The Quest for the Perfect Home Search

Robin Fenchel February 22, 2012

We all search for perfection in the real world. We look for the perfect person with whom we can bond. We look for the perfect culinary or wine-tasting experience. We look to catch the perfect wave. We look to achieve the perfect SAT scores; well, you get the picture. We all strive toward that elusive dream of perfection in whatever it is that we deem important in our lives.

Fast forward to the way in which buyers/consumers search for the perfect place to call home versus the way in which real estate web developers construct a real estate site. In his funny and illuminating article entitled Rethink Real Estate Search, in Inman News, Marc Davison, of 1000 Watt Consulting points out that real estate internet sites are engineered by programmers–“guys and gals with 180 IQ’s–guided by folks who get their kicks from Excel.”

A programmer might construct a search by zip code, or create an application that includes home-value estimates that “can never be accurate, no matter how many Ph.D.s are thrown at them;” or create searches that are “cluttered by advertising;” or provide maps that are either “hybrid,” “satellite” or “list” views (“humans don’t search from space”), instead of speaking to what real people are looking for when they search for the perfect place to live.

And while it is true that statistical data has demonstrated that over 80% of buyers/consumers begin their search for the perfect home online, their home search continues off line, on the ground, and at the local level in conjunction with a real estate professional

A real person–a “human,” if you will, pursues their search for a home by actually driving through neighborhoods, by talking with neighbors, by “test-driving” the commute from work to a prospective home, by asking about the neighborhood schools and test performance, by checking the proximity of schools to the home under consideration; real people ask about whether the home or condo has a yard large enough for a pet or a garden, whether the house has a home office, a main floor bedroom, a hobby room, a media room, a living room in addition to a family room, a master suite downstairs, a chef’s kitchen, a finished garage; whether the garage is attached or detached, a two or three car garage, where the neighborhood shopping centers, parks, fitness center, bike paths, movie theatres, restaurants, local pharmacy, cleaners, barber shop are located–you get the picture: the things/stuff/features that make a home the fulfillment of a buyer/consumer’s dream home and a neighborhood that is a perfect fit for their lifestyle.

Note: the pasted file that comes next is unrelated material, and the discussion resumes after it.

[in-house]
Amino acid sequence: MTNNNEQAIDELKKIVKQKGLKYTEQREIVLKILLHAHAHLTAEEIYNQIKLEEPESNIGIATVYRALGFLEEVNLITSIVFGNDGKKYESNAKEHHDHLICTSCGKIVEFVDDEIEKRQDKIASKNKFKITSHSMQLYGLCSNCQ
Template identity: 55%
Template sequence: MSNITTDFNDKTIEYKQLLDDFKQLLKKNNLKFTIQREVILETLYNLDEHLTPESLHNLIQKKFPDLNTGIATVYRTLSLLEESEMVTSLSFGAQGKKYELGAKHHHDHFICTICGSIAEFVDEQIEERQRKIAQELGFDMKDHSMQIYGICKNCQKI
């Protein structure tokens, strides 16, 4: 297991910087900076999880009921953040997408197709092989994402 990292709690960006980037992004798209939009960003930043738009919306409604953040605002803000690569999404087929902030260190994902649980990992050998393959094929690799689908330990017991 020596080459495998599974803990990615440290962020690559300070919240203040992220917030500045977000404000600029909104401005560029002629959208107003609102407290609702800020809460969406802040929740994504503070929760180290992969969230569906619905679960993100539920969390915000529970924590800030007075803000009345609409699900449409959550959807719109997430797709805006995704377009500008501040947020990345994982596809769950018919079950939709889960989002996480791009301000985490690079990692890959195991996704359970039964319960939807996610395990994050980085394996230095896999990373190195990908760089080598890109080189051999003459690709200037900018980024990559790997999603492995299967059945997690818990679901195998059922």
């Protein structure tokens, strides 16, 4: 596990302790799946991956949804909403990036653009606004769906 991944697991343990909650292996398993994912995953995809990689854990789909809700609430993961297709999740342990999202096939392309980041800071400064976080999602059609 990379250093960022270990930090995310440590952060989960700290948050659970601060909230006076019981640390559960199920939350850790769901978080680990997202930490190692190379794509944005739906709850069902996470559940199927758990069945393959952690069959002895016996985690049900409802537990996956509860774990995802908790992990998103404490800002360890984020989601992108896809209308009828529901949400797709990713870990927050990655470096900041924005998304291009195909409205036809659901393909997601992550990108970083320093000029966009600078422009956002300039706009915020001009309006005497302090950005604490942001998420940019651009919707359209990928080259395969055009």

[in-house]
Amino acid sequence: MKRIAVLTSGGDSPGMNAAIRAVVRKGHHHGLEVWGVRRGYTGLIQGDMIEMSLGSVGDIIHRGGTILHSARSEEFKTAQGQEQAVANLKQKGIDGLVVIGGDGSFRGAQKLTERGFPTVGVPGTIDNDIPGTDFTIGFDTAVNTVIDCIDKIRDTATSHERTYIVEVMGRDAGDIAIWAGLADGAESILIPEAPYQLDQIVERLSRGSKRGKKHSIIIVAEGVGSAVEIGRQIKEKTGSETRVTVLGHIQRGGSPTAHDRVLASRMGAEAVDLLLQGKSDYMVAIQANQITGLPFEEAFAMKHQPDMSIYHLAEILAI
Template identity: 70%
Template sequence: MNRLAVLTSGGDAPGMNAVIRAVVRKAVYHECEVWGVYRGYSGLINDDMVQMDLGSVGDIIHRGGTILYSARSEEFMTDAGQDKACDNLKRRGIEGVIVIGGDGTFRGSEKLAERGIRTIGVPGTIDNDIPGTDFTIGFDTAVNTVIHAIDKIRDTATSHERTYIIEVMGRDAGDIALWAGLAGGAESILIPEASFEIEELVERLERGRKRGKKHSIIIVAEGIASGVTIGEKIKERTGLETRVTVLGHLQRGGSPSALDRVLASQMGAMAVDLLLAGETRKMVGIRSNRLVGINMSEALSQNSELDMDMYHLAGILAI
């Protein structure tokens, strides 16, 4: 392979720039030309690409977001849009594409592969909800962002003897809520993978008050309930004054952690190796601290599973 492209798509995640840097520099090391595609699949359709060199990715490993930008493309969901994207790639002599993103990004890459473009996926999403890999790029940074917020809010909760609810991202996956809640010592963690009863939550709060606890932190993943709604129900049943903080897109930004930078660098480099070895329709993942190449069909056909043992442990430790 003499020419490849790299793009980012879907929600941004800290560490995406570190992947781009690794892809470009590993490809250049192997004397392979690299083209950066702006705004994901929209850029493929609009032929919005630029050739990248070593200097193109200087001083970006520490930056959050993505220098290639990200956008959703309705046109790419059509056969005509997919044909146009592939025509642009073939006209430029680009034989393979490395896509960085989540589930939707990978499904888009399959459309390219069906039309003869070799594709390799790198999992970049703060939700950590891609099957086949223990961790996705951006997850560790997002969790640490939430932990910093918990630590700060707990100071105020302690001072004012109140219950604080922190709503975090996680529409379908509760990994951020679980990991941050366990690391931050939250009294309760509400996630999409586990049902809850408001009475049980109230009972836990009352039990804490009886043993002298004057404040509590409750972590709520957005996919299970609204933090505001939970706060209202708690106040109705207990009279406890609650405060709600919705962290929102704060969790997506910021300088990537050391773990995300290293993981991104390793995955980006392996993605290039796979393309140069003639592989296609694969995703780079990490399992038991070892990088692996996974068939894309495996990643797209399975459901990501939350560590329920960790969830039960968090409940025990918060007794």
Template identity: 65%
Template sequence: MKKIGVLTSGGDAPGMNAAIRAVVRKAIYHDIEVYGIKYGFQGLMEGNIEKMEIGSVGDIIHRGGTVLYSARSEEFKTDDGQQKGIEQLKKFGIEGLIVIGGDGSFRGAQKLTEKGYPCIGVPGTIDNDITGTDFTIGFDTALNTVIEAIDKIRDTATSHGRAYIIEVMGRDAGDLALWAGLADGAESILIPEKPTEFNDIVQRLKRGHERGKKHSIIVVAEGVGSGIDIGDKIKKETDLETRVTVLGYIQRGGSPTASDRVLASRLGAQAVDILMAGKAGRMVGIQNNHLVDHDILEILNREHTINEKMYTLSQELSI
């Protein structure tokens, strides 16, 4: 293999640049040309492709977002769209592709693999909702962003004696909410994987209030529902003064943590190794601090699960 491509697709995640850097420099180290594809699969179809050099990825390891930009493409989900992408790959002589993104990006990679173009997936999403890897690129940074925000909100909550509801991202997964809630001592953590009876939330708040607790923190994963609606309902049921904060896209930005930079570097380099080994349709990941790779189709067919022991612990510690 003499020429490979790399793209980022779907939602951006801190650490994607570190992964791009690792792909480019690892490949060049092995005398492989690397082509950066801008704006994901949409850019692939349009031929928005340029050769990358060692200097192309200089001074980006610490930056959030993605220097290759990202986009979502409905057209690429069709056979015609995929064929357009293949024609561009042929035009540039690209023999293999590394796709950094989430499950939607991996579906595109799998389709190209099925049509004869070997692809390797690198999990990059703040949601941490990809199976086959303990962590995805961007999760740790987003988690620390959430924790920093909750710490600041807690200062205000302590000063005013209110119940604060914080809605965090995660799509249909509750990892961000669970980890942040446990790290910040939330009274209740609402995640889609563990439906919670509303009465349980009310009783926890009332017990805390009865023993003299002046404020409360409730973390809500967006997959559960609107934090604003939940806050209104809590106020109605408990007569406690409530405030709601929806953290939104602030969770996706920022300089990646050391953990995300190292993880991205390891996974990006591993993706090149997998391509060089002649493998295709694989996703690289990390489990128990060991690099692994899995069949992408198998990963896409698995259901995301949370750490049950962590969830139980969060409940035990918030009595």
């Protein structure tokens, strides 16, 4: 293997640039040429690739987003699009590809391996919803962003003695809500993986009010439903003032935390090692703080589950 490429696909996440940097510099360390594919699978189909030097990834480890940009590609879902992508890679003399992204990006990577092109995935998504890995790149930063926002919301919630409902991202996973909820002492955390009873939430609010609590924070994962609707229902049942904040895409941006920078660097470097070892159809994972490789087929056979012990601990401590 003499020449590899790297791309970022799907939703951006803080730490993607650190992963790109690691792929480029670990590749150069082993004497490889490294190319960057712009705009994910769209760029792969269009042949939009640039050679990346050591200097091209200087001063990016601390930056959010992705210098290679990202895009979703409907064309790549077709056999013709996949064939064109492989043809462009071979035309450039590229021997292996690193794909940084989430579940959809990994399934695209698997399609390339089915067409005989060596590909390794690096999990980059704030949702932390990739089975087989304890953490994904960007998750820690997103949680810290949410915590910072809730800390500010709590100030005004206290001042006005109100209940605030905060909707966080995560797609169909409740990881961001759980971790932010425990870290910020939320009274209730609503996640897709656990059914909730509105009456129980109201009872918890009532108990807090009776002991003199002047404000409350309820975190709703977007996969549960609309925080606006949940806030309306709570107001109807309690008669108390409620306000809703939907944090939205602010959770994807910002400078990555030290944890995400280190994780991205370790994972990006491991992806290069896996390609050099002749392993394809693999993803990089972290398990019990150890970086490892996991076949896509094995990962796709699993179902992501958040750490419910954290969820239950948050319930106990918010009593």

The buyer/consumer wants to have a dialogue, a conversation, with their real estate agent about what the buyer considers to be the most important features in their search for the perfect home. This then, as Marc Davison suggests, can be formatted in an innovative way by programmers who would create a “natural search paradigm” that would describe homes in a manner that reflects how people really think.

And by the way, buyers/consumers want to see pictures, lots of them, and not crummy, blurry pictures, and not three pictures of toilet bowls with the seat raised, as Lynne Pope illustrated in her recent post. Imagine buyers finding an unlimited number of pictures, say 50 photos–more than enough to capture the essence of the room’s space and with descriptions that stir the imagination and paint a picture of what it would be like to live the lifestyle that this home evokes.

And what about creating and sharing a video of the neighborhood amenities–a journey into the heart of the community, highlighting the nearby pools, spas, tennis/sports courts, parks, restaurants, shopping centers, and schools.

Now I’m sure that you get the picture–in focus, evocative, and enlightening–and so will the buyers if you dialogue with them about what they would like to see in their search for the perfect home. And maybe the conversation will inspire changeCB”C”bB,C”b,Bmoving the discourse toward a more perfect home-buying experience on-line through a human centric search algorithm, and off-line, through the human contact with your local real estate professional.

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